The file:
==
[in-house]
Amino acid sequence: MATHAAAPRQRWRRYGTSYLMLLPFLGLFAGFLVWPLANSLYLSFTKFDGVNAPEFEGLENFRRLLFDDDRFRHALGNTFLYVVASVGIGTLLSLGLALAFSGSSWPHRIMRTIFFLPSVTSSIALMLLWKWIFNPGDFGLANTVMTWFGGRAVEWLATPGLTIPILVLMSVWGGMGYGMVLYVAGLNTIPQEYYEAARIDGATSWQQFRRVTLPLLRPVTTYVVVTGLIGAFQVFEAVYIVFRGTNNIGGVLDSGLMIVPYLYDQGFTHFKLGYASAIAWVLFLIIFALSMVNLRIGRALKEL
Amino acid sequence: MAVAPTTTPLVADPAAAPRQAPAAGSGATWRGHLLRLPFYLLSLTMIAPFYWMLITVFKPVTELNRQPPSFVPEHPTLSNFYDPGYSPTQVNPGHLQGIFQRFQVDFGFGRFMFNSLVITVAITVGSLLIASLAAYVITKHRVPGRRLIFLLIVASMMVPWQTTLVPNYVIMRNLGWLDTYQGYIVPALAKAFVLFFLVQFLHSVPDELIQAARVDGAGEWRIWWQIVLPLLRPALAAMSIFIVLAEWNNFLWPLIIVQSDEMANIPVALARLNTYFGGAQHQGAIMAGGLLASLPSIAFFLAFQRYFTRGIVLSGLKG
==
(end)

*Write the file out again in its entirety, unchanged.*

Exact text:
[in-house]
Amino acid sequence: MATHAAAPRQRWRRYGTSYLMLLPFLGLFAGFLVWPLANSLYLSFTKFDGVNAPEFEGLENFRRLLFDDDRFRHALGNTFLYVVASVGIGTLLSLGLALAFSGSSWPHRIMRTIFFLPSVTSSIALMLLWKWIFNPGDFGLANTVMTWFGGRAVEWLATPGLTIPILVLMSVWGGMGYGMVLYVAGLNTIPQEYYEAARIDGATSWQQFRRVTLPLLRPVTTYVVVTGLIGAFQVFEAVYIVFRGTNNIGGVLDSGLMIVPYLYDQGFTHFKLGYASAIAWVLFLIIFALSMVNLRIGRALKEL
Amino acid sequence: MAVAPTTTPLVADPAAAPRQAPAAGSGATWRGHLLRLPFYLLSLTMIAPFYWMLITVFKPVTELNRQPPSFVPEHPTLSNFYDPGYSPTQVNPGHLQGIFQRFQVDFGFGRFMFNSLVITVAITVGSLLIASLAAYVITKHRVPGRRLIFLLIVASMMVPWQTTLVPNYVIMRNLGWLDTYQGYIVPALAKAFVLFFLVQFLHSVPDELIQAARVDGAGEWRIWWQIVLPLLRPALAAMSIFIVLAEWNNFLWPLIIVQSDEMANIPVALARLNTYFGGAQHQGAIMAGGLLASLPSIAFFLAFQRYFTRGIVLSGLKG